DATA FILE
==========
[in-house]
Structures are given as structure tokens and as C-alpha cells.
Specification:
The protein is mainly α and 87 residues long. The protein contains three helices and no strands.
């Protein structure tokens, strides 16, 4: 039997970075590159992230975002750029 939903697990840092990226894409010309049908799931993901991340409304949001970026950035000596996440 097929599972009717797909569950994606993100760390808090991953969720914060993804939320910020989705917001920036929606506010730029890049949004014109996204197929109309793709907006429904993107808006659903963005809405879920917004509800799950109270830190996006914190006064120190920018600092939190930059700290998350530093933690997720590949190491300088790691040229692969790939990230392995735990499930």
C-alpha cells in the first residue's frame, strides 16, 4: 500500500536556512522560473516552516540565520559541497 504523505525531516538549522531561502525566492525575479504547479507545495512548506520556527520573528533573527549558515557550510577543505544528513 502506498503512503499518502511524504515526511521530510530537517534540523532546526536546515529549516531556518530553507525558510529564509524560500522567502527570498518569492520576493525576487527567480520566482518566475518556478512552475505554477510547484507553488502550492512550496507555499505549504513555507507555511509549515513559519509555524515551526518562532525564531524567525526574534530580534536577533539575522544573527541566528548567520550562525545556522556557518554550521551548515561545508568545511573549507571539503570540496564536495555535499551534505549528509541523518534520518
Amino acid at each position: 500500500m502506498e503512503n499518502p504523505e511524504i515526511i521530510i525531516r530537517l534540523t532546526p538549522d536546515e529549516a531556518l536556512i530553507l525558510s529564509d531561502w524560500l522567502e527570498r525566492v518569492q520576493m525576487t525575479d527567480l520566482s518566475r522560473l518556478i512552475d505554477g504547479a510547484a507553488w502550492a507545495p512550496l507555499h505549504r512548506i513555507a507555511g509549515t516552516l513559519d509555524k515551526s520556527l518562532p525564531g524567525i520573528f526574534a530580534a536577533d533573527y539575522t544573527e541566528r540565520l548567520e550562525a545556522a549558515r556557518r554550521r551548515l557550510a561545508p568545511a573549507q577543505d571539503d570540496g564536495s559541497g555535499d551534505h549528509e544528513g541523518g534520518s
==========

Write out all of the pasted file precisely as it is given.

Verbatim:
[in-house]
Structures are given as structure tokens and as C-alpha cells.
Specification:
The protein is mainly α and 87 residues long. The protein contains three helices and no strands.
């Protein structure tokens, strides 16, 4: 039997970075590159992230975002750029 939903697990840092990226894409010309049908799931993901991340409304949001970026950035000596996440 097929599972009717797909569950994606993100760390808090991953969720914060993804939320910020989705917001920036929606506010730029890049949004014109996204197929109309793709907006429904993107808006659903963005809405879920917004509800799950109270830190996006914190006064120190920018600092939190930059700290998350530093933690997720590949190491300088790691040229692969790939990230392995735990499930």
C-alpha cells in the first residue's frame, strides 16, 4: 500500500536556512522560473516552516540565520559541497 504523505525531516538549522531561502525566492525575479504547479507545495512548506520556527520573528533573527549558515557550510577543505544528513 502506498503512503499518502511524504515526511521530510530537517534540523532546526536546515529549516531556518530553507525558510529564509524560500522567502527570498518569492520576493525576487527567480520566482518566475518556478512552475505554477510547484507553488502550492512550496507555499505549504513555507507555511509549515513559519509555524515551526518562532525564531524567525526574534530580534536577533539575522544573527541566528548567520550562525545556522556557518554550521551548515561545508568545511573549507571539503570540496564536495555535499551534505549528509541523518534520518
Amino acid at each position: 500500500m502506498e503512503n499518502p504523505e511524504i515526511i521530510i525531516r530537517l534540523t532546526p538549522d536546515e529549516a531556518l536556512i530553507l525558510s529564509d531561502w524560500l522567502e527570498r525566492v518569492q520576493m525576487t525575479d527567480l520566482s518566475r522560473l518556478i512552475d505554477g504547479a510547484a507553488w502550492a507545495p512550496l507555499h505549504r512548506i513555507a507555511g509549515t516552516l513559519d509555524k515551526s520556527l518562532p525564531g524567525i520573528f526574534a530580534a536577533d533573527y539575522t544573527e541566528r540565520l548567520e550562525a545556522a549558515r556557518r554550521r551548515l557550510a561545508p568545511a573549507q577543505d571539503d570540496g564536495s559541497g555535499d551534505h549528509e544528513g541523518g534520518s